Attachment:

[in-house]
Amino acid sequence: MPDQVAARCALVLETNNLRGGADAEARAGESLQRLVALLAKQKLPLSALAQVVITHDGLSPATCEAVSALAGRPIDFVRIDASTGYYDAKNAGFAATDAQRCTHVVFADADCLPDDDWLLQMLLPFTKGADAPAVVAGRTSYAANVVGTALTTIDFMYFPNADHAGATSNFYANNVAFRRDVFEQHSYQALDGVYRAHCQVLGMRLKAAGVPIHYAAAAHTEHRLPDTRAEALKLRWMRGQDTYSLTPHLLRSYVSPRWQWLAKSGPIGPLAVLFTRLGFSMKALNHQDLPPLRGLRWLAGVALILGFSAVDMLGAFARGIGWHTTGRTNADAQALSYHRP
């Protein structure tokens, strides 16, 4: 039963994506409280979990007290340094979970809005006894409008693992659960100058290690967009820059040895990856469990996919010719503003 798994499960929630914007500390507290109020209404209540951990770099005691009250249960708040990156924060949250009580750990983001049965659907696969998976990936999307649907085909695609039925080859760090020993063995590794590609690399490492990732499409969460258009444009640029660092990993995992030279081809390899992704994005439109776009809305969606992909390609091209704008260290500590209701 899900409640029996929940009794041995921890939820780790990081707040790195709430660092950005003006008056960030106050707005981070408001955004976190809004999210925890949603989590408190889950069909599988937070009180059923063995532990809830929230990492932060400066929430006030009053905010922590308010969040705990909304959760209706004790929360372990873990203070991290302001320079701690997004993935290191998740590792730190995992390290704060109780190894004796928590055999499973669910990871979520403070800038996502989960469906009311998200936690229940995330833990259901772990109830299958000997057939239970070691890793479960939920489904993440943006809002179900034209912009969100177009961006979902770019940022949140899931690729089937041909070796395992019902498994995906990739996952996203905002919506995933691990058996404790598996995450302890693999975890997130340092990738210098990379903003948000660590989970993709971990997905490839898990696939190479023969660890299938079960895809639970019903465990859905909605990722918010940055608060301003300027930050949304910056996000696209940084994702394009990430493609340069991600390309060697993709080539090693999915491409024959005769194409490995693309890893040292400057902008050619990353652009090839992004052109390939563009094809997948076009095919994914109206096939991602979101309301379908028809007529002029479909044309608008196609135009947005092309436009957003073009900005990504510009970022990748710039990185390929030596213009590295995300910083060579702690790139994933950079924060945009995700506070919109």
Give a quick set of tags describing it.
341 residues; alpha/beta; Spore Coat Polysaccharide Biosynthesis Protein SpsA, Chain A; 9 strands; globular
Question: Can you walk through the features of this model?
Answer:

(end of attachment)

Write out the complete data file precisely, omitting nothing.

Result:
[in-house]
Amino acid sequence: MPDQVAARCALVLETNNLRGGADAEARAGESLQRLVALLAKQKLPLSALAQVVITHDGLSPATCEAVSALAGRPIDFVRIDASTGYYDAKNAGFAATDAQRCTHVVFADADCLPDDDWLLQMLLPFTKGADAPAVVAGRTSYAANVVGTALTTIDFMYFPNADHAGATSNFYANNVAFRRDVFEQHSYQALDGVYRAHCQVLGMRLKAAGVPIHYAAAAHTEHRLPDTRAEALKLRWMRGQDTYSLTPHLLRSYVSPRWQWLAKSGPIGPLAVLFTRLGFSMKALNHQDLPPLRGLRWLAGVALILGFSAVDMLGAFARGIGWHTTGRTNADAQALSYHRP
């Protein structure tokens, strides 16, 4: 039963994506409280979990007290340094979970809005006894409008693992659960100058290690967009820059040895990856469990996919010719503003 798994499960929630914007500390507290109020209404209540951990770099005691009250249960708040990156924060949250009580750990983001049965659907696969998976990936999307649907085909695609039925080859760090020993063995590794590609690399490492990732499409969460258009444009640029660092990993995992030279081809390899992704994005439109776009809305969606992909390609091209704008260290500590209701 899900409640029996929940009794041995921890939820780790990081707040790195709430660092950005003006008056960030106050707005981070408001955004976190809004999210925890949603989590408190889950069909599988937070009180059923063995532990809830929230990492932060400066929430006030009053905010922590308010969040705990909304959760209706004790929360372990873990203070991290302001320079701690997004993935290191998740590792730190995992390290704060109780190894004796928590055999499973669910990871979520403070800038996502989960469906009311998200936690229940995330833990259901772990109830299958000997057939239970070691890793479960939920489904993440943006809002179900034209912009969100177009961006979902770019940022949140899931690729089937041909070796395992019902498994995906990739996952996203905002919506995933691990058996404790598996995450302890693999975890997130340092990738210098990379903003948000660590989970993709971990997905490839898990696939190479023969660890299938079960895809639970019903465990859905909605990722918010940055608060301003300027930050949304910056996000696209940084994702394009990430493609340069991600390309060697993709080539090693999915491409024959005769194409490995693309890893040292400057902008050619990353652009090839992004052109390939563009094809997948076009095919994914109206096939991602979101309301379908028809007529002029479909044309608008196609135009947005092309436009957003073009900005990504510009970022990748710039990185390929030596213009590295995300910083060579702690790139994933950079924060945009995700506070919109």
Give a quick set of tags describing it.
341 residues; alpha/beta; Spore Coat Polysaccharide Biosynthesis Protein SpsA, Chain A; 9 strands; globular
Question: Can you walk through the features of this model?
Answer: